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thanksgiving dinner

5 ways to de-awkward-ify thanksgiving with the neighbors

I have spent more than 10% of my Thanksgivings’ away from home and away from family. From studying abroad in college to the two years of my early 20s spent living the in the Middle East, I have somewhat removed Thanksgiving from the roster of mandatory holidays, without which my heart will break. What’s more, when away from home and family, as lovely as those things are, formality and tradition fade away and Thanksgiving becomes about the gathering. Those ragtag meals surrounded by friends of all nationalities have certainly been the most memorable of my life.

And so, when money is tight or family is too far or life simply gets in the way of your traditional Thanksgiving, why not try it with those around you? Neighbors don’t have to be old friends to share a meal, but there are a few tips that will help diffuse awkwardness and banish performance anxiety when it comes to the cooking

  1. Break with tradition. Shared experiences are more fun when you invent them together. There’s nothing that kills a party like strict adherence to the family dogma of a family not present. If turkey is too stressful, have chicken. Have wings! Give the day a Hawaiian theme and put pineapple in the stuffing (it pairs beautifully with rosemary) or nix the stuffing entirely. Taking the pressure off the table will free your mind and break the guests away from what they might be missing at their normal celebration.
  2. Make it an activity. If neighbors are also old friends, then bully. If not, a high activity food breaks the ice like no other. How about a crawfish boil? It sounds ambitious but requires little more than a stockpot in terms of equipment and newspaper for a serving dish. Any other crustacean will do just as well and don’t forget mollusks, ribs, and spiced shrimp! All messy, all delicious, all fun.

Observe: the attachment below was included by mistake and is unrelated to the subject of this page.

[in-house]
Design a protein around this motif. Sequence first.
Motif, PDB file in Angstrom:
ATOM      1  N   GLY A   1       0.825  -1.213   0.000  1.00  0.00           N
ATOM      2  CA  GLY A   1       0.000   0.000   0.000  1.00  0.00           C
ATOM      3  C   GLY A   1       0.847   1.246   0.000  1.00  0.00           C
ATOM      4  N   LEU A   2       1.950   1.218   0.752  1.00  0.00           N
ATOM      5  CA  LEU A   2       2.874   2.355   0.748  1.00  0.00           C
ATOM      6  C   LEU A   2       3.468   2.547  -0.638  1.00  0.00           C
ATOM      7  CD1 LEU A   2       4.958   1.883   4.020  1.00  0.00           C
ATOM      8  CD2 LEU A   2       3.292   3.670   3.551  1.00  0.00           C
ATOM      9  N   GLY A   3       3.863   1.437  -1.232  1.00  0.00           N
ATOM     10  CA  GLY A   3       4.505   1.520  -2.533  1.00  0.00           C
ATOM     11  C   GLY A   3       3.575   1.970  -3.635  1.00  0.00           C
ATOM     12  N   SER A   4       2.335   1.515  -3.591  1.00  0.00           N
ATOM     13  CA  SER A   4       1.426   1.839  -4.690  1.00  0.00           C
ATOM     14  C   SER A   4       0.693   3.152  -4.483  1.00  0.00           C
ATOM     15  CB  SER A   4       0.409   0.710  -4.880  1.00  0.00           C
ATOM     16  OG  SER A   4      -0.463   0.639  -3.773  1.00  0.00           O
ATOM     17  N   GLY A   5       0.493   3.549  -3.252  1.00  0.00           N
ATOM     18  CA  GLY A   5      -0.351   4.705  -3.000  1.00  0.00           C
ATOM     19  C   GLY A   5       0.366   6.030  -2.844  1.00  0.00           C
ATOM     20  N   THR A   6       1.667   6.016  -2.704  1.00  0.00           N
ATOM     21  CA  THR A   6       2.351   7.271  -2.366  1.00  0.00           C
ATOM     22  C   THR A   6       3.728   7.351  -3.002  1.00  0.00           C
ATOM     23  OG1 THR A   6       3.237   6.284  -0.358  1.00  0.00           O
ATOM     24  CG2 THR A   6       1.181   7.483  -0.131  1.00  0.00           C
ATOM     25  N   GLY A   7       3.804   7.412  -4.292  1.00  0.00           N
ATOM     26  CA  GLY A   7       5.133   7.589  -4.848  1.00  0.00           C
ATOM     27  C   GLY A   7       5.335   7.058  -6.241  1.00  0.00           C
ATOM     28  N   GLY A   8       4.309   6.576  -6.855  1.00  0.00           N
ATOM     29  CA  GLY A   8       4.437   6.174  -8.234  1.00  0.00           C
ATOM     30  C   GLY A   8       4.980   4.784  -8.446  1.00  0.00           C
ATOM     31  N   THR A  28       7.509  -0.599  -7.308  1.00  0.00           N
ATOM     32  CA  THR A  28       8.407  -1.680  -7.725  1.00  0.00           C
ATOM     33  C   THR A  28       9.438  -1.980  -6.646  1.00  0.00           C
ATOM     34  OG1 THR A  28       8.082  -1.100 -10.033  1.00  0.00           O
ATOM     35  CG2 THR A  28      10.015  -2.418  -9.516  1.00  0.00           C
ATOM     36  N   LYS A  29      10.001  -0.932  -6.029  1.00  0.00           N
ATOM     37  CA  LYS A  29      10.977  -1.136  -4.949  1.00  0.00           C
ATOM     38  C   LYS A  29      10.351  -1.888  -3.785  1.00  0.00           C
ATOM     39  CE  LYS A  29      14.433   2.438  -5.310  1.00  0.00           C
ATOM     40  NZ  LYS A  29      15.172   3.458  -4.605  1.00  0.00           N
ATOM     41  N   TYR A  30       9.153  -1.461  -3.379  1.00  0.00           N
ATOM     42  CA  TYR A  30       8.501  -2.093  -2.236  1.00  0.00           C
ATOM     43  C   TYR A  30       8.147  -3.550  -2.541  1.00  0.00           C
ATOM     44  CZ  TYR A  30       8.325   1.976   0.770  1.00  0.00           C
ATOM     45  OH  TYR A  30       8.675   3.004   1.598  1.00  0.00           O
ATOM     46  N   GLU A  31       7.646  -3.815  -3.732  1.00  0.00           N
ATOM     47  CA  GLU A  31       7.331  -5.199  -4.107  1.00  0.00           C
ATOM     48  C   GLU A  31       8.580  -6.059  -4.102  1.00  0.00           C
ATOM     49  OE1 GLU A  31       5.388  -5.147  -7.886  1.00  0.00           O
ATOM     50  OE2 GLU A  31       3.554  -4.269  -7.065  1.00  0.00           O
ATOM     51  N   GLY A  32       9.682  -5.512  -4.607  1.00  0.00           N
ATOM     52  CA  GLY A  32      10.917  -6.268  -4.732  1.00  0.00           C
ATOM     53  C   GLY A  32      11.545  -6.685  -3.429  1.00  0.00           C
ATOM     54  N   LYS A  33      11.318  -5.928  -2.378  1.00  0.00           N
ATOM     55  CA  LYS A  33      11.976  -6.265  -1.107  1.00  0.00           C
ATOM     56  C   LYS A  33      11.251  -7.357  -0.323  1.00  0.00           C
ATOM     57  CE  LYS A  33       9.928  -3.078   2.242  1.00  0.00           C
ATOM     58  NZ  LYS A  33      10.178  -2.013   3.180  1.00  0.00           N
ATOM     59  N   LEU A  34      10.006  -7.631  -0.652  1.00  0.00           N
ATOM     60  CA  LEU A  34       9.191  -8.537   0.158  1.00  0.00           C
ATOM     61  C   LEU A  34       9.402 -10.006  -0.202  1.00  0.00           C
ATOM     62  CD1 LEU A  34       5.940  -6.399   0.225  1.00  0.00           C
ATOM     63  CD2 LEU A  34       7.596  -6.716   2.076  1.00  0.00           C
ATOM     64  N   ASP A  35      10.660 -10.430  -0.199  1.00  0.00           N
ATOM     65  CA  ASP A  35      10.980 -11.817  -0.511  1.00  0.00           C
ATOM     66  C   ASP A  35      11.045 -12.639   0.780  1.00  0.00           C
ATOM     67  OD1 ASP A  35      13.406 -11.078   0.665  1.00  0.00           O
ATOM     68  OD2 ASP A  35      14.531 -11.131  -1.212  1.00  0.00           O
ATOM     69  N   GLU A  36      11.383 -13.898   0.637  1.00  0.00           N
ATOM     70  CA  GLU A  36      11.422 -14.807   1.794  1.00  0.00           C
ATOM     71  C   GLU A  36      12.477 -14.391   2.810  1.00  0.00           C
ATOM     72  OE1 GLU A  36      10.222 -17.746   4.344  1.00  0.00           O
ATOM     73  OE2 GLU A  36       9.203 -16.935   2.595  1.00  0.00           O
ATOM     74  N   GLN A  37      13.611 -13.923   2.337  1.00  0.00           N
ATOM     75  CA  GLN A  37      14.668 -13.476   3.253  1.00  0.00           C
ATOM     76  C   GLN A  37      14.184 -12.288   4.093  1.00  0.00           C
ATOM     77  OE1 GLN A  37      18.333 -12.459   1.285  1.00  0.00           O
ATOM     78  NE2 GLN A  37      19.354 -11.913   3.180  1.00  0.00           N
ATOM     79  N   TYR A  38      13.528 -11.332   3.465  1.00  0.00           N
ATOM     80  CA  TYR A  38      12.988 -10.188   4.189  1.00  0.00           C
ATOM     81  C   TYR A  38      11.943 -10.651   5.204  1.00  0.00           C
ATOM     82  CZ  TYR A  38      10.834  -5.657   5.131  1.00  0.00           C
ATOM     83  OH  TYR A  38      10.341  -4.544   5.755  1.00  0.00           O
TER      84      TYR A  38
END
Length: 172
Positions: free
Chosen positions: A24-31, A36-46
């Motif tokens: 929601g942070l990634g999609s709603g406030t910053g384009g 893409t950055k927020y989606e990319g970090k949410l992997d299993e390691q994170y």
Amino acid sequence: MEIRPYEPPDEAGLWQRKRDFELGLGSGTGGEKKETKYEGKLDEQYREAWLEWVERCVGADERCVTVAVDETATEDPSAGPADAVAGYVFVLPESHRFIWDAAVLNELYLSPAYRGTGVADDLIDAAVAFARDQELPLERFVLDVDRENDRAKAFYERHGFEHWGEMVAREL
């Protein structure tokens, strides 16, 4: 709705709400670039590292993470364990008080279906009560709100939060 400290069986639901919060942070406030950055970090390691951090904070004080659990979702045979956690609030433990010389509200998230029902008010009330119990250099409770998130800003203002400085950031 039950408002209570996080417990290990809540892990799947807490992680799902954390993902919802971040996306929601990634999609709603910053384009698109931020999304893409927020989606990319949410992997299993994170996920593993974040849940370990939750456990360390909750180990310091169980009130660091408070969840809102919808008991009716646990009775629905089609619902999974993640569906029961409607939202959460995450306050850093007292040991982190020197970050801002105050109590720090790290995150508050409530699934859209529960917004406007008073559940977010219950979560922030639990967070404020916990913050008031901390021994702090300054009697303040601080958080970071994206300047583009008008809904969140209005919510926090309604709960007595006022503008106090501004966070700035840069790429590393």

3. Keep it light. Whether you’re hosting or just attending a neighborhood Thanksgiving, a “no sticklers allowed” policy is mandatory. Thrown together and casual should be the theme embraced by all. There should be no discussions of proper serving ware, no adherence to wine pairings, and no seating cards. Just let it happen.
  4. Open up. My family has never been one for speeches, storytelling, or overt signs of emotions (read: wasp). But my surrogate families have been just the opposite and all the more lovely for it. Going around the table and saying what you’re thankful for, breaking out the guitar and singing a few happy songs, or asking everyone to bring an inspiring quote can bring a group together and dismiss the awkwardness of acquaintance status. You’ll walk away exponentially closer than when you arrived and hopefully have more fun too!
Photo courtesy of moonlightbulb
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